Amazing Stories is Apple TV+’s next big original series, serving as a reboot of Steven Spielberg’s 1985 anthology series of the same name. Unlike the original, Spielberg doesn’t have much of a creative hand in the show’s production this time around - besides serving as an executive producer. Believe me, it shows in the few episodes we’ve seen so far.
Amazing Stories can be anything it wants to be. It’s an anthology series à la Black Mirror, but Black Mirror is at least restricted by a general theme: technology. Amazing Stories is all about, “transporting audiences through worlds of wonder,” and in the first two episodes, it chooses to be a romantic drama with time travel and… a romantic drama with ghosts. How original!
As mentioned before, Amazing Stories is an anthology series. That means every episode of the show focuses on different stories and characters in different genres. The reboot’s pilot episode, titled ‘The Cellar’ stars Dylan O’Brien (Teen Wolf/Maze Runner) and Victoria Pedretti (You/Haunting of Hill House), and it’s all the better for it. These are two really great actors, and great choices to kick off the show.
The first episode focuses on Sam (O’Brien), a cliché stuck on his phone all the time, swiping left and right on Tinder while helping out his brother to restore houses. Like any young adult, he’s feeling a little lost in life - so even when his brother offers him a permanent role in the business, he rejects it, unsure of what he really wants to do or where he wants to be.
When the two get tasked to remodel an old house, Sam stumbles onto a cellar - right as a horrible storm hits the area, and he finds himself transported back in time. After an almost-nasty encounter with the house’s current resident, Pedretti’s Evelyn, he discovers that he’s found himself in old America. With no way back to his new time, he eventually (and predictably) bonds with Evelyn. The two fall in love, and he promises to find a way to take her back to 2020 with him.
The Cellar is carried by its two stars. Pedretti and O’Brien share chemistry at least, selling their romance while rushed and forced writing lets it down. You’ve seen this ‘time traveler falls in love with someone from another time’ manner of story before, though a few sci-fi elements help keep things interesting. On the whole? It’s alright. The Cellar is nothing mind-blowing, but it’s a promising start to a five-episode season that’s hopefully filled with better and more original ideas.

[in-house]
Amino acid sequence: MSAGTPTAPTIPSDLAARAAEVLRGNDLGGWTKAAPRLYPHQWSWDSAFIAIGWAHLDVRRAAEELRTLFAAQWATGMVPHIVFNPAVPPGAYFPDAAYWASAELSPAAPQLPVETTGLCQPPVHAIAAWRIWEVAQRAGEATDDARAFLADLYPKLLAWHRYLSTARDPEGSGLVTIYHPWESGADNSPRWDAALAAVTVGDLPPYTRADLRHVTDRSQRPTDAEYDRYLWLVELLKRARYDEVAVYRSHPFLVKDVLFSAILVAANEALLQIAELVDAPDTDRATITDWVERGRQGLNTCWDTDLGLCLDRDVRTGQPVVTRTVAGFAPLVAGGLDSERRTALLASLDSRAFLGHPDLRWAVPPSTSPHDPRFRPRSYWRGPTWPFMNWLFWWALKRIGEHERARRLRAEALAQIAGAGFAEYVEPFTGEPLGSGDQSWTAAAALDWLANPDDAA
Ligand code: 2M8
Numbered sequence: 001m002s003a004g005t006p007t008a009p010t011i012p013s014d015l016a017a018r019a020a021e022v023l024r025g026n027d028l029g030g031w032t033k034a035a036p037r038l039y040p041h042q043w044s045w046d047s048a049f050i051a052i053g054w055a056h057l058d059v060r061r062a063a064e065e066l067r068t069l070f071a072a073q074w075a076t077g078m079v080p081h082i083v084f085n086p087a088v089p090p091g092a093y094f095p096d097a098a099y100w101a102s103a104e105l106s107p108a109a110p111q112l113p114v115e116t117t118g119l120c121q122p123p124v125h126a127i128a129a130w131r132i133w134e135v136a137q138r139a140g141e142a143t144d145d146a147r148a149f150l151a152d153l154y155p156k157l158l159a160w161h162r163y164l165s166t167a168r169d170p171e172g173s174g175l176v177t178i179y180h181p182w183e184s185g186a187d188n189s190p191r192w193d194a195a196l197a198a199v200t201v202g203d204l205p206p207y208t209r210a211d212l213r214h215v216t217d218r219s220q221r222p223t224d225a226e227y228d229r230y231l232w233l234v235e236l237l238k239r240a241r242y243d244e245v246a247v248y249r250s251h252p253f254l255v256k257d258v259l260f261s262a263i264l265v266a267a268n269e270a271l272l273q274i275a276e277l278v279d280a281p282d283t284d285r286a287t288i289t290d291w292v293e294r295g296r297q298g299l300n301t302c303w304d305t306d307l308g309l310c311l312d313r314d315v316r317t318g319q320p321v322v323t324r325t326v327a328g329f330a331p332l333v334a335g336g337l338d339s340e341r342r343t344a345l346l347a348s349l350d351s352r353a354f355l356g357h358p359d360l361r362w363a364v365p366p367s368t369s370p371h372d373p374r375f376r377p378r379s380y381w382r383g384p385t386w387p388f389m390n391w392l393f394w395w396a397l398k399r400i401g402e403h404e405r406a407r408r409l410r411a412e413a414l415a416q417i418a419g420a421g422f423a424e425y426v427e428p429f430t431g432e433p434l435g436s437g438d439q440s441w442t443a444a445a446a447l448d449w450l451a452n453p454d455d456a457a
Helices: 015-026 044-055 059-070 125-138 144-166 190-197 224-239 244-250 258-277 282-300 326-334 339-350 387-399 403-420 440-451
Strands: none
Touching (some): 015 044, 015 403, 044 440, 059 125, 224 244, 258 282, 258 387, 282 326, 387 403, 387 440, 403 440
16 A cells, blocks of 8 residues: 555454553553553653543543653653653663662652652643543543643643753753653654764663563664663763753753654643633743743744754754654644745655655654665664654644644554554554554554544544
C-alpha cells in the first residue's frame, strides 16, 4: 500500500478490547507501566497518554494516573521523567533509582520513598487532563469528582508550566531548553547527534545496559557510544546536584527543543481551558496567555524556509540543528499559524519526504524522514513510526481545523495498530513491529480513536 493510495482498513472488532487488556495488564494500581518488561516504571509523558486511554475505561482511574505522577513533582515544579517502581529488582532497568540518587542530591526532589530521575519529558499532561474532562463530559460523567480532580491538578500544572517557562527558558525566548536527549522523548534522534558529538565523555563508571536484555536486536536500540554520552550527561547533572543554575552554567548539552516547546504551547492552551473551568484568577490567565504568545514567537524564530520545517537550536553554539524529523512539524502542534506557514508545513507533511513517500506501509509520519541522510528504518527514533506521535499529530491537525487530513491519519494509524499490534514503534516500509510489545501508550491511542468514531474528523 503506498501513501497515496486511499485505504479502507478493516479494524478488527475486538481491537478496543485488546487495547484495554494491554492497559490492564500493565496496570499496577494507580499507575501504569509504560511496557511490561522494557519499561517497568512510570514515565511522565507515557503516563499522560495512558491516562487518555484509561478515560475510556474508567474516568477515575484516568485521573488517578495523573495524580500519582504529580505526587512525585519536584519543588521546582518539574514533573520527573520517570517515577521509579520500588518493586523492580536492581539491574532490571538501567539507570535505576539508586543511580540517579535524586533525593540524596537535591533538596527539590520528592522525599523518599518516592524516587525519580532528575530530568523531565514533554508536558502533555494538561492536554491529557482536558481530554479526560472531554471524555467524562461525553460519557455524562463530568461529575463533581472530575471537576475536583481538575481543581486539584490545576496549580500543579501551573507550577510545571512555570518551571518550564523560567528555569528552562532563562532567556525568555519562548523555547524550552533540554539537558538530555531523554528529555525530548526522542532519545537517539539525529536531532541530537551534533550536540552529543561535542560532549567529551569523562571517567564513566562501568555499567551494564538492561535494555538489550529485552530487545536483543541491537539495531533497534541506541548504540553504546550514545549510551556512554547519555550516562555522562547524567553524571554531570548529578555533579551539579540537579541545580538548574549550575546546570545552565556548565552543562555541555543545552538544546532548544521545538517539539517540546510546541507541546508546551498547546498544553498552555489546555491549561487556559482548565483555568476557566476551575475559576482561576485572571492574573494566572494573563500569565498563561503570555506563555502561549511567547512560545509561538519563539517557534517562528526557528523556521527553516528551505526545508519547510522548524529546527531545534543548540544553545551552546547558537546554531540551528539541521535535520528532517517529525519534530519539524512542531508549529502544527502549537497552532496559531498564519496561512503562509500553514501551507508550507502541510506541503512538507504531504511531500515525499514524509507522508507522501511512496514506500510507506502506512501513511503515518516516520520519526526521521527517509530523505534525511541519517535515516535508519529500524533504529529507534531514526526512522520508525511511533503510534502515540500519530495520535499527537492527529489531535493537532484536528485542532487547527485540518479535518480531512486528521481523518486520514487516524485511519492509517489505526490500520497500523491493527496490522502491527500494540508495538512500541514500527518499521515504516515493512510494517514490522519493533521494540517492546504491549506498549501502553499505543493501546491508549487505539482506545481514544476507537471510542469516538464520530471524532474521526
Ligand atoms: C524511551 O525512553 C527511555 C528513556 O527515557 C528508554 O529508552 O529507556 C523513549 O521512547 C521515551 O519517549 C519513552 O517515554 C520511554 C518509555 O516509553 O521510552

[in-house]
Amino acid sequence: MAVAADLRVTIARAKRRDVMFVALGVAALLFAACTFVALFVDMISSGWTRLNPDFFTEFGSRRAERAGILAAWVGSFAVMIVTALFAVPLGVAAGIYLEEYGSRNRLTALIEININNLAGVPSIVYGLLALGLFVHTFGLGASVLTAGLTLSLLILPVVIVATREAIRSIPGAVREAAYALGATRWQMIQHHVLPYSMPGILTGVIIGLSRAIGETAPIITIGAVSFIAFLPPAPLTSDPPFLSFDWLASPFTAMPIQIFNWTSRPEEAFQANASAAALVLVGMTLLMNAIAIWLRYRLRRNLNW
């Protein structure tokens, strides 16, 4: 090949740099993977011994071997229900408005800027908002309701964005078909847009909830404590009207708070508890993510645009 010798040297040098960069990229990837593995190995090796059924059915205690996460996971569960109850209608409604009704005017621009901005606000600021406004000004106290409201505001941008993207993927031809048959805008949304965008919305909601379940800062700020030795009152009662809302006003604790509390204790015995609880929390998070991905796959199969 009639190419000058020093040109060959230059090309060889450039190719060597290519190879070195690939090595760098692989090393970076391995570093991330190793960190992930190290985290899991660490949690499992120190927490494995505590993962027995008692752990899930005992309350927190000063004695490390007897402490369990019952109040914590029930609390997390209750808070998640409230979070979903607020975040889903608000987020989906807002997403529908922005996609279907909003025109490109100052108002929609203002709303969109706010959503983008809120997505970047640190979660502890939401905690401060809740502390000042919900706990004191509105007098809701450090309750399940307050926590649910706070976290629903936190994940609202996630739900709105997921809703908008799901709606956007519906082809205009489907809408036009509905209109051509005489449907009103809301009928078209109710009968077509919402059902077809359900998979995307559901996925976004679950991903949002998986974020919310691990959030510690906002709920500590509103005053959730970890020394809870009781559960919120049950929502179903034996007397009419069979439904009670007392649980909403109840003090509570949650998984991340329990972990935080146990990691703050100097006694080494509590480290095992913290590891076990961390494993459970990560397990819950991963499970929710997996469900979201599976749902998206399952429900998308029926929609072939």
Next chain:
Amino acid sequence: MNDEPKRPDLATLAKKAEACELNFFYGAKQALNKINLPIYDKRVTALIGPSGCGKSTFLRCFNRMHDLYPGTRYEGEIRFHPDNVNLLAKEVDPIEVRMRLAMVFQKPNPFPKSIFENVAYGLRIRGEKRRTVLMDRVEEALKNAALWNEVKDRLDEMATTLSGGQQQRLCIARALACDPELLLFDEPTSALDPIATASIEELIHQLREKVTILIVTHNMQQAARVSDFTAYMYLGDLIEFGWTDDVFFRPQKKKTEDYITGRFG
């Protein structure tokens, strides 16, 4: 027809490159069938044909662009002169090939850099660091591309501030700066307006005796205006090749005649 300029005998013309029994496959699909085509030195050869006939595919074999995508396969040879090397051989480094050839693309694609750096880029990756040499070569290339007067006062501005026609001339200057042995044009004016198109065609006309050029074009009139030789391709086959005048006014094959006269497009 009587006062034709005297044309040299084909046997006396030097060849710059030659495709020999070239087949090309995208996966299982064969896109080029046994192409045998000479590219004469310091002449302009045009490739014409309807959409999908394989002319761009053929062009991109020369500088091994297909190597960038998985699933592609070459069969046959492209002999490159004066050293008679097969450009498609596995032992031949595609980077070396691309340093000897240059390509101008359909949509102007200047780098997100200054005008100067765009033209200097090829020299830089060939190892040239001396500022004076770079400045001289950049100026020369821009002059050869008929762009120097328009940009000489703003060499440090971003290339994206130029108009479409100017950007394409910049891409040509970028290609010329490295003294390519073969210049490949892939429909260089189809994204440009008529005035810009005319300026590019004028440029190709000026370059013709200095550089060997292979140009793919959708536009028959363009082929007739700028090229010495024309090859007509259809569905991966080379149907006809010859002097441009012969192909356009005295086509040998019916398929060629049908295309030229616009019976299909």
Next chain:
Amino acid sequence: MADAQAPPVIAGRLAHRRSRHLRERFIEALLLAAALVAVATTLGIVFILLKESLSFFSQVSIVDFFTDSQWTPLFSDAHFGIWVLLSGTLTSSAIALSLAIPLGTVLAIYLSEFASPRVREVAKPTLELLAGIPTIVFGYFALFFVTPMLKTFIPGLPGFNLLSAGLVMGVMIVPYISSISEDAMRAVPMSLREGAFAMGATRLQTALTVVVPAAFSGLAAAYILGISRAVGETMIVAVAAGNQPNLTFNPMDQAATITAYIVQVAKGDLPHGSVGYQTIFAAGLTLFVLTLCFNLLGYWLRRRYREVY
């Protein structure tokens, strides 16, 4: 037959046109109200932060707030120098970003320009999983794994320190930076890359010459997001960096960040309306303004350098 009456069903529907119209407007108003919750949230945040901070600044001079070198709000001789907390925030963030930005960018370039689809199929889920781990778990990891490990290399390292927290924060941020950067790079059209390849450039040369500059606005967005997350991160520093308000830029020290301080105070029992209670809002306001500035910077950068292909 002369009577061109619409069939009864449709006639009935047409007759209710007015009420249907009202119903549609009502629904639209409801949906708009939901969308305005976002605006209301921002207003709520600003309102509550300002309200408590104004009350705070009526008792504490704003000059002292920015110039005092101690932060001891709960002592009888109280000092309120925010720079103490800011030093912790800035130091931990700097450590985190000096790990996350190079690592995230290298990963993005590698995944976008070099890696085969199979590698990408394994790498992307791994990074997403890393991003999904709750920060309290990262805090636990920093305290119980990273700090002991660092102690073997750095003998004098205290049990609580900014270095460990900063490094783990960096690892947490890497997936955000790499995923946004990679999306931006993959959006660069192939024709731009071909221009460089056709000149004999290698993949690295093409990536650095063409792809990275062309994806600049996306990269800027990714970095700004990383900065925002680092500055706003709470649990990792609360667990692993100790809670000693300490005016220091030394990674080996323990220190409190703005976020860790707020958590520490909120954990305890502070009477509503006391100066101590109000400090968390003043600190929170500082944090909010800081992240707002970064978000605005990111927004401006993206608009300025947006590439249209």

Enter ‘The Heat’, Amazing Stories’ painfully dull second episode. It focuses on two teenage athletes - Sterling (E’myri Crutchfield) and Tuka (Hailey Kilgore). Sterling and Tuka are relying on their skills in sports to get out of their neighbourhood and onto bigger things, via scholarships.
After hitting a late-night drag race, tragedy strikes. Tuka stands in the middle of a road like a complete buffoon trying to get Sterling’s attention, and is run over by a passing car. She immediately dies, but her story doesn’t end there. Dazed and confused, Tuka wakes up to find that the world has become completely unaware of her presence, after walking into her own funeral.
Though The Heat does veer off into supernatural territory, it doesn’t quite commit to it. The show takes an emotional sci-fi vibe, with Tuka struggling to understand why she’s suddenly so alone. She anchors herself to Sterling, who grieves the loss of her best friend. When the two go on a run together, Tuka discovers that she can still reach out to her best friend from the other side, even if Sterling doesn’t take it too well at first.
The Heat could have been interesting, but it’s emblematic of the larger problem with Amazing Stories - it’s playing things too safe. The story tries absolutely nothing new, lazily running through a laundry list of tropes and clichés one after another. The acting of its two leads crumbles in the face of O’Brien and Pedretti's in just the previous episode, and that duo didn’t even do much that was interesting in the first place.
After The Cellar, I was optimistic that the show was saving its more interesting, out-there concepts for future episodes. After The Heat, I am decidedly less optimistic. It continues the show’s new running tradition of spoiling good ideas by not taking them far enough, and then throwing half-baked writing and acting into the mix.
The Cellar and The Heat feel far apart in storytelling, writing and cinematography - but they close that gap by being equally mediocre, with stories that underdeliver on the show’s premise. Without stronger and more unique ideas, Amazing Stories’ name might end up feeling more ironic than it is accurate.